Someone show Spicer that last line.
In a Thursday letter to the White House, senior Democratic Reps. Elijah Cummings (Md.) and Frank Pallone (N.J.) said restrictions on employee communications, including with Congress, “appear to violate a host of federal laws.” They cited a Department of Health and Human Services memo, dated Jan. 20, Inauguration Day, permitting “no correspondence to public officials (e.g., Members of Congress, Governors)” about new or pending regulations “unless specifically authorized by” the acting secretary or his representative, among other restrictions.
This particular restriction was imposed from Jan. 20 to Feb. 3, “during which time you will have the opportunity to brief President Trump’s appointees and designees on any such correspondence which might be issued,” according to the memo.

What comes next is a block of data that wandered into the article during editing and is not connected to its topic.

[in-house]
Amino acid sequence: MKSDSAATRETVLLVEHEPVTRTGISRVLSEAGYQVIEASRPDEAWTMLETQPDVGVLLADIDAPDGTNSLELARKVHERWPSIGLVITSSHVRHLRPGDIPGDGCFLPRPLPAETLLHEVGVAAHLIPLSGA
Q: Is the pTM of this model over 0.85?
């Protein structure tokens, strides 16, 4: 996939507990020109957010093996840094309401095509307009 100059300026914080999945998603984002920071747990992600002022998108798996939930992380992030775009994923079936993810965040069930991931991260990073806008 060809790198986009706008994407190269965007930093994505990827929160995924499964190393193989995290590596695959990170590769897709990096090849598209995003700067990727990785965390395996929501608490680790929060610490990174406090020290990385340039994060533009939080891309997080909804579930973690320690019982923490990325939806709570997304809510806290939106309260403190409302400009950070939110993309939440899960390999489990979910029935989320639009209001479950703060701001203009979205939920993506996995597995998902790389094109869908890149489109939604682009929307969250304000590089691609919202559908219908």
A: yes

Federal employees should know they are protected against retaliation if management improperly imposes gag orders.
The Office of Special Counsel (OSC) issued a news release Wednesday reminding officials that the Whistleblower Protection Enhancement Act’s anti‐gag provision supersedes nondisclosure agreements and policies.
“For example, one prohibited personnel practice explicitly shields employees for blowing the whistle on any effort to ‘distort, misrepresent, suppress’ or otherwise censor any government ‘research, analysis, or technical information’ that the employee reasonably believes” could pose a threat to public safety or violates the law or regulations, the OSC said.
Perhaps this will comfort federal climate-change experts.
“The federal government must foster an environment where employee disclosures are welcomed,” added Special Counsel Carolyn Lerner. “This makes our government work better.”